Water in Fuel Light WIF warning is on.

Cole

OUTLAW SPRINTER!!!
Not that anyone asked...

Sensor failures and harness problems can give a false warning. My course would be to at least use the water drain feature to get a fuel sample into a clear container for visual inspection. To just assume that the warning is a bad sensor can have some serious negative consequences.

:2cents: vic

Fwiw, I tried all the other options first. Eventually trying the sensor. Which cured the warnings.

A failed sensor is apparently a common issue according to the dealer
 

Aqua Puttana

Poly - Thread Finder
Good info from Creosoted. :thumbup:

I posted a [WIF] question similar to this a while back. I had the same problem where my fuel/water light kept coming on then off. I was very concerned and ended up draining my fuel tank the best I could and refilling with clean diesel. Soon after the light kept coming on/off again. It's been over a year now and it's still doing the same thing. I'd like to fix it so I would actually know if there ever real water in my fuel. I found this in an old thread.. the connectors may go bad and need to be replaced:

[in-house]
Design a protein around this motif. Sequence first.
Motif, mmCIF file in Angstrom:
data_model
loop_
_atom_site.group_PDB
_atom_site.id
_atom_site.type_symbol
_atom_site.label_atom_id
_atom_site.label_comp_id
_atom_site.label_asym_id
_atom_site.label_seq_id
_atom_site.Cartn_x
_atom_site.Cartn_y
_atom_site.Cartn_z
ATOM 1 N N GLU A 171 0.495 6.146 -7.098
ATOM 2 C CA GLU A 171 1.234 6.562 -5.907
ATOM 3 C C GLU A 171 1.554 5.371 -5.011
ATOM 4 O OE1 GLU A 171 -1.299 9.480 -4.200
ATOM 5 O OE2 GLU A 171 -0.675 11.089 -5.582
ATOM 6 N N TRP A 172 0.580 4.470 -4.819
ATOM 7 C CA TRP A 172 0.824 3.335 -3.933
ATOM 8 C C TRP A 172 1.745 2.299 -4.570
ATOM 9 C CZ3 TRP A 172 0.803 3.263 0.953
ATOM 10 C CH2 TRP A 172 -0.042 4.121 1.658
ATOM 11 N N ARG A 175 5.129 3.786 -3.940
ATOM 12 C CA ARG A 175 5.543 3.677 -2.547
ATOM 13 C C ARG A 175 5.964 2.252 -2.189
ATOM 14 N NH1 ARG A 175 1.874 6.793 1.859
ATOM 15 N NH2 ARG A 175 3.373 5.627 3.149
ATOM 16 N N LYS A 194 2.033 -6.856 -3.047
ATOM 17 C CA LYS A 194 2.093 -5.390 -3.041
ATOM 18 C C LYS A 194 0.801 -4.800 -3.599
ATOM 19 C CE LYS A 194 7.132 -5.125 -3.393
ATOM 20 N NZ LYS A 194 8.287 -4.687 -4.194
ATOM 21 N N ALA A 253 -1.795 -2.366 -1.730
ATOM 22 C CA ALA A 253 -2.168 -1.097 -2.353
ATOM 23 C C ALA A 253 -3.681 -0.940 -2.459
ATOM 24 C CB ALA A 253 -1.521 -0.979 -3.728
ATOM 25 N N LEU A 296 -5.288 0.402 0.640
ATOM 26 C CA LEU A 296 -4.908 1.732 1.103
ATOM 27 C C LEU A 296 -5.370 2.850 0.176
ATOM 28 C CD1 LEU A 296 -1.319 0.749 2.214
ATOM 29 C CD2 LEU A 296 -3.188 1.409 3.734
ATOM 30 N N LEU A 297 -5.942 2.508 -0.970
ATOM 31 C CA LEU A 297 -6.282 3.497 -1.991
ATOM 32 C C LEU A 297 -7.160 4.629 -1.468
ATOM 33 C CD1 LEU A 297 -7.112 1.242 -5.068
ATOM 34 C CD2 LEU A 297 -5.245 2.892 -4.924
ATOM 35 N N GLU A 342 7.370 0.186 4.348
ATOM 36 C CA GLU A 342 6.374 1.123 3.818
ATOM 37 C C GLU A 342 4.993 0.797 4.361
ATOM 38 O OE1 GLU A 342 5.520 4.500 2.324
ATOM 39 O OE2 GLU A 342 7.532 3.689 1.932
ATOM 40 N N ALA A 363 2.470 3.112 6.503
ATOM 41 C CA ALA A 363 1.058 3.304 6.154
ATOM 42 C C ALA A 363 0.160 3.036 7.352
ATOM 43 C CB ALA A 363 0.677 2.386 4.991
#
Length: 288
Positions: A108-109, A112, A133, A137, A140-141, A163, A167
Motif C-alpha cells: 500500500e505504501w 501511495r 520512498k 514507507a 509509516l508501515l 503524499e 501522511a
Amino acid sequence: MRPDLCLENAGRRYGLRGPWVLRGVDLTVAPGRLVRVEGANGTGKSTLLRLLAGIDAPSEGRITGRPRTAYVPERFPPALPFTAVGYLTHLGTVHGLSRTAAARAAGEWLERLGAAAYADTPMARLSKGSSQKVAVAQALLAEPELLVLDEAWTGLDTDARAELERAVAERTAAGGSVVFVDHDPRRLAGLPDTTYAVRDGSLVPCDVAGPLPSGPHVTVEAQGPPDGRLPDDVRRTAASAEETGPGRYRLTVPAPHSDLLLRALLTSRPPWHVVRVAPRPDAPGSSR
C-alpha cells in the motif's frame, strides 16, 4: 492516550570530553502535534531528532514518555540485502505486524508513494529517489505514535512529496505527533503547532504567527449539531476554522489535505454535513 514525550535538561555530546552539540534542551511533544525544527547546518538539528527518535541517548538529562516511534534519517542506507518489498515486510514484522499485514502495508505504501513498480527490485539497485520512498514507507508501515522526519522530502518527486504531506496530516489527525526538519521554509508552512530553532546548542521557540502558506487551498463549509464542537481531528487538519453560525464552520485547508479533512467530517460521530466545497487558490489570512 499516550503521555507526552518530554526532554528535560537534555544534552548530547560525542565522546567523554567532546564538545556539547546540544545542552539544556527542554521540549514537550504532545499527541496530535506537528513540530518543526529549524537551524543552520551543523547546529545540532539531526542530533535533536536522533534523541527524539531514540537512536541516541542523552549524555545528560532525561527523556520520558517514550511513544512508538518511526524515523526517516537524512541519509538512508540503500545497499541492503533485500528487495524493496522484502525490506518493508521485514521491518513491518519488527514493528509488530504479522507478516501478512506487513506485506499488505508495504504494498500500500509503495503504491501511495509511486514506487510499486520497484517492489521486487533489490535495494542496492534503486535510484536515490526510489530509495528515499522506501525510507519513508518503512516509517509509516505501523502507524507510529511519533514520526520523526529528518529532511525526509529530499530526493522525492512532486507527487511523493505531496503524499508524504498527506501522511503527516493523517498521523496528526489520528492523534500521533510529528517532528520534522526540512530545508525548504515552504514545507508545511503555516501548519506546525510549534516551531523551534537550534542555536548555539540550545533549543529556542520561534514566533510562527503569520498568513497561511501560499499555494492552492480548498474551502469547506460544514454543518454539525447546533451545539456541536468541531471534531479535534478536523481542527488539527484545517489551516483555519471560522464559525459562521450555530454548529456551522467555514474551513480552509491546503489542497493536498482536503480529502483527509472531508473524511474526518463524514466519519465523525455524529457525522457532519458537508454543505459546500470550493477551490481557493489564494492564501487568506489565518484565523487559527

I changed my water in fuel sensor and the light was still on. Then finally after two years of driving with the light on I found that you can buy the connector (standard motor products s1238 connector) on ebay for like 25 bucks- it might say its a GM ABS connector but its the same thing and fits perfectly. Its simple to change, just cut the old one off and it comes with three wire crimps to attach the new connector. My light is finally off after all these years. Hope this helps someone
Maybe get a GM ABS connector from a scrapyard/breaker.

vic
 

Ldfeat

Member